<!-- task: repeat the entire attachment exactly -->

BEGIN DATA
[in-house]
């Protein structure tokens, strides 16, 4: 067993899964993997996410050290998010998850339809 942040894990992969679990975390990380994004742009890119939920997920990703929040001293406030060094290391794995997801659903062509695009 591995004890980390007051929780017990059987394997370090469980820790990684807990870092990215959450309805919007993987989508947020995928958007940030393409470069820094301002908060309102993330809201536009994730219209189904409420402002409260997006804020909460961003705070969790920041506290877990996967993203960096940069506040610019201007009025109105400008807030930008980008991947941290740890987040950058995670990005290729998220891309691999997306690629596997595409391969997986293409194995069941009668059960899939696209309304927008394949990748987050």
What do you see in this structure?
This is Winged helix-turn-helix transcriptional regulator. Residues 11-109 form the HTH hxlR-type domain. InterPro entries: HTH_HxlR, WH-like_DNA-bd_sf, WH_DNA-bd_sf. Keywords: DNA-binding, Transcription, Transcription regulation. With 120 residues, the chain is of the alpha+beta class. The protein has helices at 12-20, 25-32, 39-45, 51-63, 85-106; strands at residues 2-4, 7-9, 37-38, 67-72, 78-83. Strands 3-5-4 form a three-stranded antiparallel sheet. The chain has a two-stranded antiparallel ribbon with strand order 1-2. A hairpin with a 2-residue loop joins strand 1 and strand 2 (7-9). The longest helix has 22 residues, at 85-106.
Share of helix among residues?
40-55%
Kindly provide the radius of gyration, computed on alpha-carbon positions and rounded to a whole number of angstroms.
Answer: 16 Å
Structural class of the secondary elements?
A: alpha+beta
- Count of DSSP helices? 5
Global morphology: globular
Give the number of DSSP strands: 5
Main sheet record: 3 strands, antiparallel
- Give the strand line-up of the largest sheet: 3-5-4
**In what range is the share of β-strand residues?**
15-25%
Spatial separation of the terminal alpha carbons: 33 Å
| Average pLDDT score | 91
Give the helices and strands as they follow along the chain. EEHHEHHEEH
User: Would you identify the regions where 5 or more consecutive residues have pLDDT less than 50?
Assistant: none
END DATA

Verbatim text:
[in-house]
């Protein structure tokens, strides 16, 4: 067993899964993997996410050290998010998850339809 942040894990992969679990975390990380994004742009890119939920997920990703929040001293406030060094290391794995997801659903062509695009 591995004890980390007051929780017990059987394997370090469980820790990684807990870092990215959450309805919007993987989508947020995928958007940030393409470069820094301002908060309102993330809201536009994730219209189904409420402002409260997006804020909460961003705070969790920041506290877990996967993203960096940069506040610019201007009025109105400008807030930008980008991947941290740890987040950058995670990005290729998220891309691999997306690629596997595409391969997986293409194995069941009668059960899939696209309304927008394949990748987050």
What do you see in this structure?
This is Winged helix-turn-helix transcriptional regulator. Residues 11-109 form the HTH hxlR-type domain. InterPro entries: HTH_HxlR, WH-like_DNA-bd_sf, WH_DNA-bd_sf. Keywords: DNA-binding, Transcription, Transcription regulation. With 120 residues, the chain is of the alpha+beta class. The protein has helices at 12-20, 25-32, 39-45, 51-63, 85-106; strands at residues 2-4, 7-9, 37-38, 67-72, 78-83. Strands 3-5-4 form a three-stranded antiparallel sheet. The chain has a two-stranded antiparallel ribbon with strand order 1-2. A hairpin with a 2-residue loop joins strand 1 and strand 2 (7-9). The longest helix has 22 residues, at 85-106.
Share of helix among residues?
40-55%
Kindly provide the radius of gyration, computed on alpha-carbon positions and rounded to a whole number of angstroms.
Answer: 16 Å
Structural class of the secondary elements?
A: alpha+beta
- Count of DSSP helices? 5
Global morphology: globular
Give the number of DSSP strands: 5
Main sheet record: 3 strands, antiparallel
- Give the strand line-up of the largest sheet: 3-5-4
**In what range is the share of β-strand residues?**
15-25%
Spatial separation of the terminal alpha carbons: 33 Å
| Average pLDDT score | 91
Give the helices and strands as they follow along the chain. EEHHEHHEEH
User: Would you identify the regions where 5 or more consecutive residues have pLDDT less than 50?
Assistant: none